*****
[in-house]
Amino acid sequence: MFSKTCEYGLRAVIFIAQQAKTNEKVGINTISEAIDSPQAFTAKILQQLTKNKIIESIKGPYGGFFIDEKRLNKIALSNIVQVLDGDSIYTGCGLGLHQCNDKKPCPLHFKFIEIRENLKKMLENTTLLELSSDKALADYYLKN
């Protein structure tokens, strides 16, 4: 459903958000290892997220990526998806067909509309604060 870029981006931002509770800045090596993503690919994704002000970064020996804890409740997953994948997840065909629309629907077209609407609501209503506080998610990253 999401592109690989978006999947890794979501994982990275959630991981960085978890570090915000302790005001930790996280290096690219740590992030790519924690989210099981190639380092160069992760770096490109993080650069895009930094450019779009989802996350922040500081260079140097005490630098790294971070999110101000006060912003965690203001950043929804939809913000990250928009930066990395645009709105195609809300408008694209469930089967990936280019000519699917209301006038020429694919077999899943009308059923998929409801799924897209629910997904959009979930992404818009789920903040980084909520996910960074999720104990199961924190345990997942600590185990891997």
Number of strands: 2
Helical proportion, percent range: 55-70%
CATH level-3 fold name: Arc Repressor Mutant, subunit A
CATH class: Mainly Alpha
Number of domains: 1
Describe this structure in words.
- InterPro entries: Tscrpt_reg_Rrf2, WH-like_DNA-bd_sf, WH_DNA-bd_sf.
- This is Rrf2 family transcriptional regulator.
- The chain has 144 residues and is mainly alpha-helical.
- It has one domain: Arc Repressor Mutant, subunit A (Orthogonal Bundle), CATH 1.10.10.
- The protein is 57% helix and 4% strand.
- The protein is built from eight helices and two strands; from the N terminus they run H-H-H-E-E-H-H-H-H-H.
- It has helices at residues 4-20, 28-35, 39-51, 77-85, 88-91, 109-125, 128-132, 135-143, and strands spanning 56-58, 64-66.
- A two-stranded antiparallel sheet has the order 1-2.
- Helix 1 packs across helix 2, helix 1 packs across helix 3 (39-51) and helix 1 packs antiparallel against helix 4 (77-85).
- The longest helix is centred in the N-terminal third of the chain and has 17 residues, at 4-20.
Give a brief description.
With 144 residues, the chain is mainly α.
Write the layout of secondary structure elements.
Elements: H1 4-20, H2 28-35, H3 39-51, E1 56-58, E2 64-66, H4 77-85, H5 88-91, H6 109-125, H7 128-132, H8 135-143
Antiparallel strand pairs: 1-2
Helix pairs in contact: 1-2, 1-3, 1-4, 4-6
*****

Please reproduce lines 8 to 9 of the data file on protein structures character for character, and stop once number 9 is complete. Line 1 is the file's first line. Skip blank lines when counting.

Number of domains: 1
Describe this structure in words.